With over 25 years experience fishing for bass (and still learning), I would have to say my favourite places to fish and my favourite conditions to fish in are over rocky ground while there is some surf (or current) running. Over rough broken ground areas, bass can be present at all times from flat calm conditions right through to heavy swell. Many anglers, however, tend to overlook the bigger surf days, when the fishing can be outstanding. That is not to say that smaller seas can’t be equally as productive – and they are generally safer to fish in, allowing you to access more spots. But rough seas can be more fishable than they look and by not taking them on, you could be missing a lot of fish. So, if you’re new to lure fishing for bass in more turbulent seas, here are a few tips I’ve put together that I hope will help you pluck out some fish from the surf!
Surf conditions make it easy for the bass to move into very shallow water, where they can typically be caught right in the zone where the waves are breaking. Bass are excellent swimmers and can drift through powerful surf, picking off weaker prey items unable to resist the turbulence. I’m never surprised now at just how rough a sea you can hook up with a big bass in! I have found that when bass are present, they will often hunt around areas of white water either waiting to ambush bait fish or searching out food under the cover of the waves. This is also the area various other forms of marine life can be feeding, making it a perfect hunting ground. In these conditions, it’s quite possible to catch bass throughout the day, although mornings and evenings are generally the most productive times.
One of the key differences between lure fishing and bait fishing is in the amount of ground you can cover. Good bait fishermen are often experts in knowing which gutters to put the bait out into, having long established the bass’ patrol routes and knowing what state of tide they are likely to be present at. With lure fishing, you also build a good knowledge of spots that could hold bass but, because your cast times are that much shorter, you also have the option of running your lures over a wider range of ground. The bonus is that you can do this without much risk of missing passing fish snooping around the banker spots. Of course, it’s a good idea to always make sure that you’re putting a greater percentage of casts over those proven spots that tend to produce the bulk of the fish though. If a spot looks okay but has not been so productive over the years, I will always give it a cast or two, just in case, but I always put more time in on the proven marks. After all, fish are creatures of habit and these habits are maintained year after year. If the hot spots are not working, again, I find it better to move on covering more ground and perhaps giving it another go a little later at a different state of the tide.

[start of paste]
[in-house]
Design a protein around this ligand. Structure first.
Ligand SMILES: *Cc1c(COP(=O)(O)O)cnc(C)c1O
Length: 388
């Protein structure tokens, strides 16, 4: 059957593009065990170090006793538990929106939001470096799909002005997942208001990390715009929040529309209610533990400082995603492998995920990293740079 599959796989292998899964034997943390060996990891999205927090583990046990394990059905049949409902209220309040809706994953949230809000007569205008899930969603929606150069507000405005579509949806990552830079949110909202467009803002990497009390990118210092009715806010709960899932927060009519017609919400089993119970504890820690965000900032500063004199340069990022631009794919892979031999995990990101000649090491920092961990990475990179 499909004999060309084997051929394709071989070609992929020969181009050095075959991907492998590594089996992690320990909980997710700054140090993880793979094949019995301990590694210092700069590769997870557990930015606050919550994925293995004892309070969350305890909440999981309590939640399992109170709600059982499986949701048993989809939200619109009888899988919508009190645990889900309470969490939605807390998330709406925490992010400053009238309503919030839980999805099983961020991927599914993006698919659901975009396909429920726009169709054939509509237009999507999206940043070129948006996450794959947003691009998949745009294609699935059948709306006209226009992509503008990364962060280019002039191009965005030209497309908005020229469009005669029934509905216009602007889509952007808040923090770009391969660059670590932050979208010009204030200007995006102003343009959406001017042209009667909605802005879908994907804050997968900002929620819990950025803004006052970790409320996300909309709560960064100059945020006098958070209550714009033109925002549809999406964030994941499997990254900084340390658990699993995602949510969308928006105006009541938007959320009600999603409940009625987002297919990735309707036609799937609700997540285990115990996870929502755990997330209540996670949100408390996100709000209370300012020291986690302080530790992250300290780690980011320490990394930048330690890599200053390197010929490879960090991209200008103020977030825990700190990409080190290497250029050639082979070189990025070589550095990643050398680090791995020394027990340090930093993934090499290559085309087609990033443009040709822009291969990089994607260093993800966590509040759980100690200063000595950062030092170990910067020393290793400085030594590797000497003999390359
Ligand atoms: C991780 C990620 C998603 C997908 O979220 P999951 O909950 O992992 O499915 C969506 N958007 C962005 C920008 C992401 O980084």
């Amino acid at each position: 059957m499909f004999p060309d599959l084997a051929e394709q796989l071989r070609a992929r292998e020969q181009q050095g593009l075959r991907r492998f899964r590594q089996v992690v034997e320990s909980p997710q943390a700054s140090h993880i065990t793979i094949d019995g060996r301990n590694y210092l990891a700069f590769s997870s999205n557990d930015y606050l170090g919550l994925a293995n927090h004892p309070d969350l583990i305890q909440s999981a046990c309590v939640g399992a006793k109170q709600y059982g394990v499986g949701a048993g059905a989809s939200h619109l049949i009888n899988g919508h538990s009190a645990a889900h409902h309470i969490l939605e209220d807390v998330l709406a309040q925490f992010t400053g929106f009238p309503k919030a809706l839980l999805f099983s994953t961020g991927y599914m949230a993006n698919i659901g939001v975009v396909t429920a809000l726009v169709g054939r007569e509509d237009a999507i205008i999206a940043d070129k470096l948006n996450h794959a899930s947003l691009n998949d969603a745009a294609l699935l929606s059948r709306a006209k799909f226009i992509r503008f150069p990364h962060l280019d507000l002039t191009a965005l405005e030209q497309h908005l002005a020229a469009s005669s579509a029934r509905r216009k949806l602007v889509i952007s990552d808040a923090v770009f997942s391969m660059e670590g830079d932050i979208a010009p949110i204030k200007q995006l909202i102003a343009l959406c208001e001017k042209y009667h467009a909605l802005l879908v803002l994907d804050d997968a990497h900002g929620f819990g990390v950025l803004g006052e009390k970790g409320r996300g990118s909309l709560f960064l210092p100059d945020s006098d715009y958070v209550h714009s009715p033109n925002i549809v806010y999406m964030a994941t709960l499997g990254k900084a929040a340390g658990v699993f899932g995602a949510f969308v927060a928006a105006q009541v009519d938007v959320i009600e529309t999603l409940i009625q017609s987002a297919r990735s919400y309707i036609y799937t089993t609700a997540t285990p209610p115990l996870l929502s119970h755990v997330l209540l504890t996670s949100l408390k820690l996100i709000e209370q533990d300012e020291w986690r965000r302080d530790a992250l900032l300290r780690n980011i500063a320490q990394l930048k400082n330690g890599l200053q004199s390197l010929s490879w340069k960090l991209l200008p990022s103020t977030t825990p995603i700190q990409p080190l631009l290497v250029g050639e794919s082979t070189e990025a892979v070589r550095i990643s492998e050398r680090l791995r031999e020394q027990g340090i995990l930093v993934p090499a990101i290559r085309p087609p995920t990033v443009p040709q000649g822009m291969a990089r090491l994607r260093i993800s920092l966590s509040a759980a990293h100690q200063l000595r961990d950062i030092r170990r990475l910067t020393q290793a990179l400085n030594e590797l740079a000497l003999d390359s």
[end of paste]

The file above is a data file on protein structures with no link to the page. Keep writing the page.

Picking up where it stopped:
Over the years I’ve caught bass anywhere from right under my feet to as far out as I can reach with a lure. Naturally, getting the lure out a good distance is half the battle in bigger swells and there’s often a wind to contend with too. For that reason, using rods, reels, line and lures that can cast a good distance will only increase your chances of covering the water effectively and optimising your catches.
It’s very important to cover shallow areas (depths of, say, 20-80cm) with at least a few casts, as these are ideal hunting grounds for bass, especially with the cover of the breaking waves. Another effective method is to cast parallel to the beach, working the zone where the waves are breaking and also into the white water in front. This allows you to cover a lot more ground in the prime feeding zone where the bass are most likely to be. In heavy seas, it’s a good idea to focus on areas with rocks acting as a natural breakwater, allowing the bass to sit behind them without getting continually pounded by the waves. I have found spots like this certainly have a better chance of holding bass and they will be sat there, just waiting for your lure to flash by them. Another feature I look for, especially in the winter, is an area with a deeper channel allowing fish to come right in even with big waves.
Obviously in these situations, extra caution needs to be taken and I always make sure that I’m wearing a flotation device. This will not only help if you get washed in but can also offer you some protection against the rocks should you fall. The standard safety advice such as wearing suitable footwear and never turning your back to the sea all very much apply in these high energy surf situations. It’s always worth watching the sea for a while before starting to fish too. This will help you get an idea of the rhythm of the swell and when the bigger waves are coming through.
After spending many hours lure fishing in a wide range of different areas, you will build up a better feel for which spots hold fish and in what conditions.
I certainly have spots that are ideal on smaller, flatter days, as well as marks that really need some swell to be at their best. It’s horses for courses and only by getting out there and doing a bit of searching will you find patterns that you can start to use to hone your fishing and spend your time more efficiently.
I hope these tips help if you’re just getting started with lure fishing, particularly if you are intrigued by the idea of targeting bass in bigger surf conditions. This is a challenging form of angling but it’s a pretty unique prospect in UK saltwater fishing. There really aren’t any other species that can be regularly targeted in these shallow, high energy environments with lures around our shores. The excitement of hooking a good fish in these kinds of situations and the thrill of the battle are second to none and will leave you wanting more.